Column: I’ve come a long, long way, baby

Column: I’ve come a long, long way, baby

I guess this is the time to cry tears of ink on this page, since this is my last column, but you should know me by now.

If you’ve read this newspaper in the past, you have seen columns by outgoing seniors who reminisce about all the great memories they experienced at this school. Not this time, buddy. I want to tackle this momentous occasion from a different angle. I will reminisce about the great regrets of my college life.

On Sept. 15, 2001, I moved into Smith Hall for my freshman year. In an example of extreme luck, we had our own bathroom. The problem was that everyone in the building knew and they hated us for it. Not a day went by when someone didn’t complain about it to us by barging through our open door. After a while, we had to close our door and, combined with my negligible social skills, I never became part of any type of freshman community. That probably explains why, to this day, Kim Jong-Il has more Northeastern friends on Facebook than I do.

I spent my sophomore year in Davenport A and had about 200 roommates, one after the other. I think my insistence on playing “The Land Before Time” on a never-ending loop in the living room had something to do with that. I do have one great memory from that year because Kevin Spacey came to campus to promote his movie “The Life of David Gale.” He was great. Darrell Hammond, of Saturday Night Live fame, also visited around that time, and he was funny because he looked wasted.

Besides a few other instances, I never made the effort to familiarize myself with this place. I never joined a club. I rarely went to any events on campus, like athletic events. Frankly, I was a member of the Apathy Club that has resisted for decades any attempts to turn this into a campus with a sense of community. Oh, and if you think writing this column means I participated in campus life, then you are mistaken because my pet chimpanzee, Agamemnon, writes these.

My preference for apathy extended into other facets of the stereotypical college life. From watching television, I have gathered that many college kids have indiscriminate sex every weekend, party day and night and play Beirut tournaments. This may not come as a shock, but I did not practice the aforementioned activities. For example, not once did I go to Cancun or Daytona Beach or anything like that on a spring break (I did go to Europe once but that was just to make fun of the French). If an MTV camera was within a 20-mile radius, I was nowhere to be found. This past spring break, I mastered “24: The Game” on PlayStation 2.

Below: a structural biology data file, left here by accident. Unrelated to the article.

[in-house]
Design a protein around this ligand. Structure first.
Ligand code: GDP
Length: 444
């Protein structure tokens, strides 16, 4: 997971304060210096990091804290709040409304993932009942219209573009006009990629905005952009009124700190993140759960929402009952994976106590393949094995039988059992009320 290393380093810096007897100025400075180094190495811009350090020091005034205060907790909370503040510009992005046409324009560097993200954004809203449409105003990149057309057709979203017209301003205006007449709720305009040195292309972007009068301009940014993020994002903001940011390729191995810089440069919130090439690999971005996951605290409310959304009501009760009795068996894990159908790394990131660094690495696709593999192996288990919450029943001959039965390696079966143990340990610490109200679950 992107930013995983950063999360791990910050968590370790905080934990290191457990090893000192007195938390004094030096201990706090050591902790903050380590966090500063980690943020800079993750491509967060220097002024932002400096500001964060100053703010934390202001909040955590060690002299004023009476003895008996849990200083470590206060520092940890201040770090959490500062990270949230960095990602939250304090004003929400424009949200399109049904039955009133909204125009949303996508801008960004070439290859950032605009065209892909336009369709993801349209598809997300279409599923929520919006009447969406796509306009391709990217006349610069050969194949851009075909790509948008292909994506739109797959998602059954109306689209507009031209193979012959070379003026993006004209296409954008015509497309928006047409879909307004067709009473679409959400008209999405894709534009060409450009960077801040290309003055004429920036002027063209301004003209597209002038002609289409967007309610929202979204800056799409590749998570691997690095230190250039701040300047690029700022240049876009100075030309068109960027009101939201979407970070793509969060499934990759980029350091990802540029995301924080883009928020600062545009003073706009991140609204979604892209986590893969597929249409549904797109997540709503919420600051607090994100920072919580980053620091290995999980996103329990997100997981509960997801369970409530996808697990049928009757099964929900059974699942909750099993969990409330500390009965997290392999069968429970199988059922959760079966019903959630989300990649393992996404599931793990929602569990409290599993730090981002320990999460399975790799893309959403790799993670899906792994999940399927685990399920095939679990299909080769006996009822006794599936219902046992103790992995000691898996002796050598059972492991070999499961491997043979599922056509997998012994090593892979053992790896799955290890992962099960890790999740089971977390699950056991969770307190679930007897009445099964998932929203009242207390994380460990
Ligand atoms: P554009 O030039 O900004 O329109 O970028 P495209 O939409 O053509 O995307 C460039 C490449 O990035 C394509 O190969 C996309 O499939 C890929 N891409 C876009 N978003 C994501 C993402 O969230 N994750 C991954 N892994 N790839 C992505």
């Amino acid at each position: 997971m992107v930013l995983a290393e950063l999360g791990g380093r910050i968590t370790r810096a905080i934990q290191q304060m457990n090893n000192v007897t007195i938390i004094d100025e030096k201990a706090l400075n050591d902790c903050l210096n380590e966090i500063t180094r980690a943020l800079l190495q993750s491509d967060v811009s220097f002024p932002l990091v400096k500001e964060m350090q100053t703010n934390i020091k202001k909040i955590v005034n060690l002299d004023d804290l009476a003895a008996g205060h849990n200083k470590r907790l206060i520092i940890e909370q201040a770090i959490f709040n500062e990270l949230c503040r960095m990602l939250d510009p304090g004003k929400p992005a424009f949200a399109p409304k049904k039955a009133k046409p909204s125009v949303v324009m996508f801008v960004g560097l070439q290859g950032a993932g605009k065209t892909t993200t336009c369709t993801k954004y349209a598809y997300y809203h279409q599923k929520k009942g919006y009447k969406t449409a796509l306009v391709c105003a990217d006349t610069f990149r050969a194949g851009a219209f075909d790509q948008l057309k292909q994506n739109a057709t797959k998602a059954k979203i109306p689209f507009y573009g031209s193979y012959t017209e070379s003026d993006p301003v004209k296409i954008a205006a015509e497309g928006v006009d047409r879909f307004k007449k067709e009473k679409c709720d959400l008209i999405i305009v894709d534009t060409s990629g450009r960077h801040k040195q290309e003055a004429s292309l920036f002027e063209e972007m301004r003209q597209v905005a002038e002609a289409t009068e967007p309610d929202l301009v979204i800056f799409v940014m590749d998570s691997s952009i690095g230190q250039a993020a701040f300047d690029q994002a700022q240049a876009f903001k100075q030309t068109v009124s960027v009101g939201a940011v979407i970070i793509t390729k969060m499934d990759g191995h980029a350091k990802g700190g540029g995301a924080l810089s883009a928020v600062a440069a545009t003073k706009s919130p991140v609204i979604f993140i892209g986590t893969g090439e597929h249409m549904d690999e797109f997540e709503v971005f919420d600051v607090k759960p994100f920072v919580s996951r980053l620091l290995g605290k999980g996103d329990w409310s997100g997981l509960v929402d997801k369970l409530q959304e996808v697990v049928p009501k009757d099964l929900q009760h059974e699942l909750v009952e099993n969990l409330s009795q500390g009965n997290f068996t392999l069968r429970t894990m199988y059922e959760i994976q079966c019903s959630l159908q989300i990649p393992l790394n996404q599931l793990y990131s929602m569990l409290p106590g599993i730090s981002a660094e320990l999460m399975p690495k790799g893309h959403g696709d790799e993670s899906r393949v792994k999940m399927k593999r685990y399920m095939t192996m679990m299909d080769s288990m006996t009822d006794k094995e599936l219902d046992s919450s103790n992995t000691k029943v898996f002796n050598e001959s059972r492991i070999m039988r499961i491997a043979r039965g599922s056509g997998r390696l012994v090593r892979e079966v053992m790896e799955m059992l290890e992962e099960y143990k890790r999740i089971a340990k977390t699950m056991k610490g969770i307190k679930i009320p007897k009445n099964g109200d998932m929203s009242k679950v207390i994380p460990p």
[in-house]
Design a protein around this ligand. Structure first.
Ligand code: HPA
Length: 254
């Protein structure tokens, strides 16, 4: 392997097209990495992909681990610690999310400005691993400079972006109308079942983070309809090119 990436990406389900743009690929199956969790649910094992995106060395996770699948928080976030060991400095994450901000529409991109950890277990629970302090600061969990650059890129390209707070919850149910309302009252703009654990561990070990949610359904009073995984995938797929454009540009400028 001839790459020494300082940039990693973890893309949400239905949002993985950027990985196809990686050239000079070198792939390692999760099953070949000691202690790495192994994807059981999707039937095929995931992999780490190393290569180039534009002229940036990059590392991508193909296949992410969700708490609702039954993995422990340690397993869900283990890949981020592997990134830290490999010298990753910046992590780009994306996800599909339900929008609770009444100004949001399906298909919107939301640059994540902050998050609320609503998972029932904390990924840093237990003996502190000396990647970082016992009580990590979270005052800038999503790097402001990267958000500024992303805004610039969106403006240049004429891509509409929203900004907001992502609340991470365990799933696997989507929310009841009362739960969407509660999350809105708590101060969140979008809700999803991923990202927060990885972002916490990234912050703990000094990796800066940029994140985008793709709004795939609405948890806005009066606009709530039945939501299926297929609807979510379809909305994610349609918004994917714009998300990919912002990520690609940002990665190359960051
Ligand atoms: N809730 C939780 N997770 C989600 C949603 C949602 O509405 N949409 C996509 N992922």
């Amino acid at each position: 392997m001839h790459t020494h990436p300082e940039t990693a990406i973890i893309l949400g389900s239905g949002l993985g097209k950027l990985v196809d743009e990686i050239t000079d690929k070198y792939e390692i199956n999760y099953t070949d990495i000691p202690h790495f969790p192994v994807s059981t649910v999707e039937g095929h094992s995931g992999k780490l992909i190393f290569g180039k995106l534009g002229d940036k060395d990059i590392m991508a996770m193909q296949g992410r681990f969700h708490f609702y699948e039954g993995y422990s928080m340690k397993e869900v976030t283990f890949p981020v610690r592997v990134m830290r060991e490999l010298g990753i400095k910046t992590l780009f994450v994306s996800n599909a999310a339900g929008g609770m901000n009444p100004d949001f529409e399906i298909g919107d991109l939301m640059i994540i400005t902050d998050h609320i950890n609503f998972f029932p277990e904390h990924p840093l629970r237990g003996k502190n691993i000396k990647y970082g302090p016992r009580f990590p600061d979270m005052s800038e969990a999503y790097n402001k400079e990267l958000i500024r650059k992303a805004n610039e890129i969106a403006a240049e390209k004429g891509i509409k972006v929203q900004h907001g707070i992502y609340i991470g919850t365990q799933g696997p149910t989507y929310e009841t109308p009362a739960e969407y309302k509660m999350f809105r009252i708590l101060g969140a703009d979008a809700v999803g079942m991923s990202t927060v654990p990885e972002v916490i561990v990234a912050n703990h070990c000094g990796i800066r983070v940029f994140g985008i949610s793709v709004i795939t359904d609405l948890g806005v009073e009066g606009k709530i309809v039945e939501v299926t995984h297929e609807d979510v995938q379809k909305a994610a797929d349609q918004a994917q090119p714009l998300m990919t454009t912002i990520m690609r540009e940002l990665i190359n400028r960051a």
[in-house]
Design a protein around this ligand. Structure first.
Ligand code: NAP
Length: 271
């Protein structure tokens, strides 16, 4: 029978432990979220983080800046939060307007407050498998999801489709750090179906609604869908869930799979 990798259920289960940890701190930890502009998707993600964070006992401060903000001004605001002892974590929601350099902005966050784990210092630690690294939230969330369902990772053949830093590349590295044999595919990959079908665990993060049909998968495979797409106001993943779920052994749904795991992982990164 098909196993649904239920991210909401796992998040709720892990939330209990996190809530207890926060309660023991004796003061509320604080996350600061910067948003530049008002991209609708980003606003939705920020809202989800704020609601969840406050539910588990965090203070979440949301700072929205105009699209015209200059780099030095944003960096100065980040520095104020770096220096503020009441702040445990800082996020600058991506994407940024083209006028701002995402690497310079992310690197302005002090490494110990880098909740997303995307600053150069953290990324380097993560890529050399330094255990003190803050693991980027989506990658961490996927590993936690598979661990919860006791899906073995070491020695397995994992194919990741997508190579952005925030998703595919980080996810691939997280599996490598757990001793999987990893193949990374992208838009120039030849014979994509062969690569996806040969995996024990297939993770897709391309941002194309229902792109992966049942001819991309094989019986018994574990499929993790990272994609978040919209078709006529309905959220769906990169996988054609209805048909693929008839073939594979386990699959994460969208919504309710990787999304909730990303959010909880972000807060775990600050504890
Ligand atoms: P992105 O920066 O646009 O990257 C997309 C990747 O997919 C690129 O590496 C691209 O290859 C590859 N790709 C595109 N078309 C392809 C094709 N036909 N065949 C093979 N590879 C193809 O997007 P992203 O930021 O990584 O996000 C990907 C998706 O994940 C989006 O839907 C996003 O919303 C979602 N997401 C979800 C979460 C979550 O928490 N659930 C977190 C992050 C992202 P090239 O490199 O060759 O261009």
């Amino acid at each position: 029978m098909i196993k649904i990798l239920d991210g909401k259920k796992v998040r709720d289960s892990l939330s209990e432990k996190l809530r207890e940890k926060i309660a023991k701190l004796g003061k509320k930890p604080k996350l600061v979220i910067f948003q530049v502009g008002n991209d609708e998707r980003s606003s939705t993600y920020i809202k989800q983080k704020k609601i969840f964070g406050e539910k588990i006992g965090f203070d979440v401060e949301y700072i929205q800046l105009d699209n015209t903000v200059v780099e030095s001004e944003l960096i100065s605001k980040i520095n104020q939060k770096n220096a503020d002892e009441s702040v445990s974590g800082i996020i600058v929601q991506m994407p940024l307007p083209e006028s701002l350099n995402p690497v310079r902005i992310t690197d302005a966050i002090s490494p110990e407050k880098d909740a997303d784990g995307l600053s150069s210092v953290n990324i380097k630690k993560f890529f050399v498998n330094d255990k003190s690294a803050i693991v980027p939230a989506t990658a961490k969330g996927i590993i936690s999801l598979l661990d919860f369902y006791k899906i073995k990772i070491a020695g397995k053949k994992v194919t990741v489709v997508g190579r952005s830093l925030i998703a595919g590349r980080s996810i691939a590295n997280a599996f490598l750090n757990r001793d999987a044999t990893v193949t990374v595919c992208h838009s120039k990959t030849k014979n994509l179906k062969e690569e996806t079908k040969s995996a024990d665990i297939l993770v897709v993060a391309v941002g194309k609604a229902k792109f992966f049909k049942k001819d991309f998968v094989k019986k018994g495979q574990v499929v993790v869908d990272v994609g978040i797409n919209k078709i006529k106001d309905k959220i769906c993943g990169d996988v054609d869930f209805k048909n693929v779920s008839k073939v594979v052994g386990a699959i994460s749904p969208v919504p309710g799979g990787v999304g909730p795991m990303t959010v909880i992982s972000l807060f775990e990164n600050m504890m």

Your typical college male could tell me he spent the week having sexual relations with a wide array of women on an exotic beach.

“Oh yeah?” would be my response. “I killed 95 terrorists, saved Los Angeles from a devastating attack and earned a mission ranking of 91 percent. Take that to your bank and smoke it.”

Living off-campus the past three years did not help my campus social life, either. After being denied housing for my middler year, I moved into a basement apartment in Jamaica Plain. Not to say it was a bad place, but I should have charged a couple of rodents rent. They did not just scamper behind the refrigerator or under the kitchen sink at night; they sat on our couch and ate all my Doritos. They never did the dishes either. However, all is good now. I live in a palatial estate in Brookline where I get to throw gold coins at the poor people who walk past my penthouse.

As a result of my off-campus residence, my isolation from the Huntington Avenue Follies became even more pronounced. Besides classes, I had one thing connecting me to the pulse of this campus – Snell Library. I have been working at that bordello of books since 1872 (actually 2001), which makes me one of the more senior employees there. I know you’ve seen me there, too. I am the goofball slouching in his chair at the security desk nodding his head as you show him your Husky Card. Do not be offended if I failed to recognize you while sitting in that Godforsaken hell pit because a hippopotamus could walk in and if it flashes a Husky Card I would not blink an eye. The higher-ups should have replaced me with a bobble-head doll a long time ago.

The fact that working at the library was my main form of campus activity tells you all you need to know. I sat on the sidelines these past five years as the Patriots won three Super Bowls, the Red Sox won a World Series and the campus became infamous for its riots. I was watching as President Richard Freeland canceled Springfest while tuition rose higher and higher. Last but not least, I witnessed and became an unwitting victim of semester conversion, which possibly deemed an aggregate of 400,000 class hours useless for the class of 2006. All the while, I did next to nothing. Perhaps in another life I will get to know this institution of higher learning better.

Fare thee well, Northwestern.

– Stephen Sears can be reached at [email protected]

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